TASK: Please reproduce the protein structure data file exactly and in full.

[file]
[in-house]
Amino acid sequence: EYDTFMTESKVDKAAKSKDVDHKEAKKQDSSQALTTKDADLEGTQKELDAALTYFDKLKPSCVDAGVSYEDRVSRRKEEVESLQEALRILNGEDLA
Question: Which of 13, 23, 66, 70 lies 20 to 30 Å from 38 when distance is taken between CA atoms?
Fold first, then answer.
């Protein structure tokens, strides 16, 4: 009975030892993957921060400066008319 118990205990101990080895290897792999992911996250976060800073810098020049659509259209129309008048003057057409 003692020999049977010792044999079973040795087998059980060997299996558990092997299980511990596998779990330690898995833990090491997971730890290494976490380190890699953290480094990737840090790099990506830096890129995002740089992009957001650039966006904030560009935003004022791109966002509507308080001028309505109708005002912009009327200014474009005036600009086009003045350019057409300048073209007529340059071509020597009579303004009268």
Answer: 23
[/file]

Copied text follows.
[in-house]
Amino acid sequence: EYDTFMTESKVDKAAKSKDVDHKEAKKQDSSQALTTKDADLEGTQKELDAALTYFDKLKPSCVDAGVSYEDRVSRRKEEVESLQEALRILNGEDLA
Question: Which of 13, 23, 66, 70 lies 20 to 30 Å from 38 when distance is taken between CA atoms?
Fold first, then answer.
């Protein structure tokens, strides 16, 4: 009975030892993957921060400066008319 118990205990101990080895290897792999992911996250976060800073810098020049659509259209129309008048003057057409 003692020999049977010792044999079973040795087998059980060997299996558990092997299980511990596998779990330690898995833990090491997971730890290494976490380190890699953290480094990737840090790099990506830096890129995002740089992009957001650039966006904030560009935003004022791109966002509507308080001028309505109708005002912009009327200014474009005036600009086009003045350019057409300048073209007529340059071509020597009579303004009268």
Answer: 23